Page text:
Just out of curiosity, I fired up a D14 VM and loaded SQLIO on it. It came back with 253713 IOPs. If you got less than one, you were doing something very very very wrong. BTW, there is no reason to load SQL server of any type on the machine as SQLIO doesn't use it, so uh...yeah.
Did you set up a VPN to your local machine and then test how many IOPs you get to your local machine over a network share? LOL.
As for AWS vs Azure performance, I'm not sure how you were testing but based on your "expert" opinions which are sorely misinformed, I'm guessing you did something really boneheaded. A P3 instance is set to give a minimum of 735 IOPS every second. So if you were getting less than one, I'd say that was a problem with the user. We use Azure to run our production sites and haven't seen anything of the sort you describe.
On Azure, SQL databases can be connected to from anywhere, any IP. There is no firewall at all.
Uh, no. You have to explicitly allow IPs in. Here's a link to "Azure SQL Database Firewall": https://msdn.microsoft.com/en-...
If you don't understand firewalls, there is a pretty picture if you scroll down. The first step "SQL Database Firewell" is a server-level IP firewall. Yes, the configuration is stored in the database, but that has very little meaning, it could have been stored in a
I've never tried a D14 VM with enterprise installed, but if you were getting poor performance, I'm guessing you did something extremely boneheaded like try to put the database on a remote drive instead of the local SSD.
You obviously know nothing about networking or the slammer worm because it affected the discovery/locator service on port 1434, not 1433, and yes, I know networking very well, thank you.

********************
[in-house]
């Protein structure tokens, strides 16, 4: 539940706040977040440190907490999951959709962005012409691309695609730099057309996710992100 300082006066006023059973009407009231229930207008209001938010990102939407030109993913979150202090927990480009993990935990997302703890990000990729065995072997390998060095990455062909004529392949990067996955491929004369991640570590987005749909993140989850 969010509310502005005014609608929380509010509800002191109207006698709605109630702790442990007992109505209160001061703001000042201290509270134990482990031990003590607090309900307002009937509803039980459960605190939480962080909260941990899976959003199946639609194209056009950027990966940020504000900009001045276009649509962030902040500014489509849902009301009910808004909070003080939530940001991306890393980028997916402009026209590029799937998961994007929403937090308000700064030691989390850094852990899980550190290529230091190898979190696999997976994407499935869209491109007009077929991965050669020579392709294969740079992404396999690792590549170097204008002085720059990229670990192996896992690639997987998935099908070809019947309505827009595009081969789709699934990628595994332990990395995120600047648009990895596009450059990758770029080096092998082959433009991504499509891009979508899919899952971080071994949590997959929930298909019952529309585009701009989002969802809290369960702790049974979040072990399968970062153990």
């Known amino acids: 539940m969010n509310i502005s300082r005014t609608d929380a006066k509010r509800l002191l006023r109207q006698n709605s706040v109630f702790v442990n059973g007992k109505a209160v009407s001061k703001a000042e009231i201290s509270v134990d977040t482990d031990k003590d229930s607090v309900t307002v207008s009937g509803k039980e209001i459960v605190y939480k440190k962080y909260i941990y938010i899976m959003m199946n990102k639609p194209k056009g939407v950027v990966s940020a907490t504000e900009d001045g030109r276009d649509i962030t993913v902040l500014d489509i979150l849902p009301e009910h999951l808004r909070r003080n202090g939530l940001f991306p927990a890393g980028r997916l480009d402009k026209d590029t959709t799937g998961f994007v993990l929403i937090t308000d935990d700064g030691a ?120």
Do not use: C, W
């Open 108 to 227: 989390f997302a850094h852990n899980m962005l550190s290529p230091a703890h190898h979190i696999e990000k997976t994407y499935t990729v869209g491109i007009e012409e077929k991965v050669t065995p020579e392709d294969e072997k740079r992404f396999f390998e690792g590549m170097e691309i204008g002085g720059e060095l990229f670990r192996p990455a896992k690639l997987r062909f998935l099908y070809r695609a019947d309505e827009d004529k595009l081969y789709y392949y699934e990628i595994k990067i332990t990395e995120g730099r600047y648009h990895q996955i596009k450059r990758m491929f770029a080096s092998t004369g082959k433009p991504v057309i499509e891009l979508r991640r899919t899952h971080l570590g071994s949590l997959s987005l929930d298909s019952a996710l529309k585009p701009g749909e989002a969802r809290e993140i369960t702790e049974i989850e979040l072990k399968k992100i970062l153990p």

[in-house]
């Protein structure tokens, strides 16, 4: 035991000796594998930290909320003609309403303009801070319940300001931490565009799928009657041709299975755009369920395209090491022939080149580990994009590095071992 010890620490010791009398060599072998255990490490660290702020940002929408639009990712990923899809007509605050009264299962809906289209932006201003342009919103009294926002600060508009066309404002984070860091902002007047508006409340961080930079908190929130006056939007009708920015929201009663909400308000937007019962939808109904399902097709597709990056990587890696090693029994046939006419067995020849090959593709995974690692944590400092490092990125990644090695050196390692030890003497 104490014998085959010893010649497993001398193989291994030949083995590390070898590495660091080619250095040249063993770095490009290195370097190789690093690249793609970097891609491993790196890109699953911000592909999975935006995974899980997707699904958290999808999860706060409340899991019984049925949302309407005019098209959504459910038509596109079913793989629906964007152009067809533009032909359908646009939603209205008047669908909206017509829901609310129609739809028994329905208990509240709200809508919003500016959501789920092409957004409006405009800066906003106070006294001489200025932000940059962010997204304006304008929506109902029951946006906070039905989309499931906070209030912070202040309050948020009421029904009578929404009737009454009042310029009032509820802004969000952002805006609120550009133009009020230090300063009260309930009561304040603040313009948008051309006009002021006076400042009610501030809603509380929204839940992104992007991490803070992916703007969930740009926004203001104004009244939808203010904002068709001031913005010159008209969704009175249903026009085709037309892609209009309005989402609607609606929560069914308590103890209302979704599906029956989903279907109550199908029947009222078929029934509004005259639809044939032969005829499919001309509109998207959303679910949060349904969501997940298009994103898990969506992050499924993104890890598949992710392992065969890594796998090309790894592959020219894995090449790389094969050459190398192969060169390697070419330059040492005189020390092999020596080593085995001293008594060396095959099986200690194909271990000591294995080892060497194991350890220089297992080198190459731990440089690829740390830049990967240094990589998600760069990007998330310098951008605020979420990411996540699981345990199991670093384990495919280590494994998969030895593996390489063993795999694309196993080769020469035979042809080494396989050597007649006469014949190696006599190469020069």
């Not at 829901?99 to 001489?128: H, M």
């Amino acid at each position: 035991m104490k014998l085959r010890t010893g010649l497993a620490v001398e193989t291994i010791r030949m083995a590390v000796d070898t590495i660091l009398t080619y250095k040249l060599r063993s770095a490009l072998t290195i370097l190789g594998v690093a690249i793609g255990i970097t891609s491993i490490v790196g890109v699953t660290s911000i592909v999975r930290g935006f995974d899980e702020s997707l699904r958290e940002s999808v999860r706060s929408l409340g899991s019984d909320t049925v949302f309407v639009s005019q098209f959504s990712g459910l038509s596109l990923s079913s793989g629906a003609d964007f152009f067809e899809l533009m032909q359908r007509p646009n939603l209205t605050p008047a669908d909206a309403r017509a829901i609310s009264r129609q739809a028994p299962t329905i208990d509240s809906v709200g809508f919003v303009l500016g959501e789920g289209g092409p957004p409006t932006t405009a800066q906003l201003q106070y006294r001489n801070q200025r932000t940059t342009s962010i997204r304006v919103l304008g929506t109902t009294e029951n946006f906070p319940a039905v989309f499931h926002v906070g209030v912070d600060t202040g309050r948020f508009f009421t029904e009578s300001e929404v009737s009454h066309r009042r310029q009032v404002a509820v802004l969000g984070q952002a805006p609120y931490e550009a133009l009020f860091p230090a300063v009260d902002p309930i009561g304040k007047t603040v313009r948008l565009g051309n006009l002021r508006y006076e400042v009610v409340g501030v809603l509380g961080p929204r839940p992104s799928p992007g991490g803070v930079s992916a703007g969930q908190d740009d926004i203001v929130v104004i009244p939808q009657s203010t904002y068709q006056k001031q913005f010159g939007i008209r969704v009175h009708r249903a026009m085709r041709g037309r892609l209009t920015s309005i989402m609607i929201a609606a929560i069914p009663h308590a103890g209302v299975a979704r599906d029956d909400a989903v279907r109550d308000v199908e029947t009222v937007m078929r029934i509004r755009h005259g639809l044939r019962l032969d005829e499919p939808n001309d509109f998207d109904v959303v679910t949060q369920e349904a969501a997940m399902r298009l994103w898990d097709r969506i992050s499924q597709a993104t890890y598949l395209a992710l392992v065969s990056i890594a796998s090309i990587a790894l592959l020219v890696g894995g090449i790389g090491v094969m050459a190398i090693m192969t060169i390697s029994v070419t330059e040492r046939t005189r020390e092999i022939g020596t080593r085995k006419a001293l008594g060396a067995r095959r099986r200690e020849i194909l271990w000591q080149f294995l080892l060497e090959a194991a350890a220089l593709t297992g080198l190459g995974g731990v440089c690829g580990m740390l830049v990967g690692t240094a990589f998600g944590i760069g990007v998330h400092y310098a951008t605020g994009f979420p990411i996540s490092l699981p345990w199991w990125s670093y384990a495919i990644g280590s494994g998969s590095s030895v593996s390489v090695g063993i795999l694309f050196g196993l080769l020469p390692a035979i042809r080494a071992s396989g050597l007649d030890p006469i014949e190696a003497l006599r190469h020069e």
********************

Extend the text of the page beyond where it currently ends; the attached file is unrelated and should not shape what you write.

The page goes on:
You might as well say the next time there is an http exploit all the web servers in the world are going to get hosed. Maybe we should put all web servers behind our firewalls to be safe. LOL.
Staged publishing on Azure is limited to 5 slots, not 2. But you are correct, it doesn't scale out to 200 slots. However, in Azure, you pay for the first slot, the additional 4 are free, while the same isn't true in AWS.
As for SQL performance in Azure, I can't make an exact comparison, but you always have the option of running your own SQL server if you don't like the SQL Service. And even the cheapest Azure plan gets your point in time backup/restore, although the amount of time increase as you change service levels (basic - 7 days to premium - 35 days) and the cost of a P1 database is roughly half that of a single "db.m3.xlarge" instance on AWS ($465 vs $968.40), and the price gets worse from there. Multi-zoned databases on AWS are basically full cost, while on Azure (called GEO-replicas), they become cheaper. Then tack on some more if you care about provisioned IOPS (which comes free with Azure, as all tiers are allocated that way), and you've quickly turned up a huge bill for the same performance from Azure.
As for AWS RDS being the "full" version of SQL Server, I suppose that is true if you only need the functions in SQL Standard (Amazon doesn't offer enterprise). Unfortunately, we use features only available in enterprise (like being able to enlist indexed/materialized views in queries automatically), and AWS RDS service doesn't support that while Azure does -- so your "full" version is less "full" than than your "not-full" version of Azure's SQL service. Amazon's RDS is limited to 1 replica, vs 4 in Azure (we don't actually use this, yet) as well.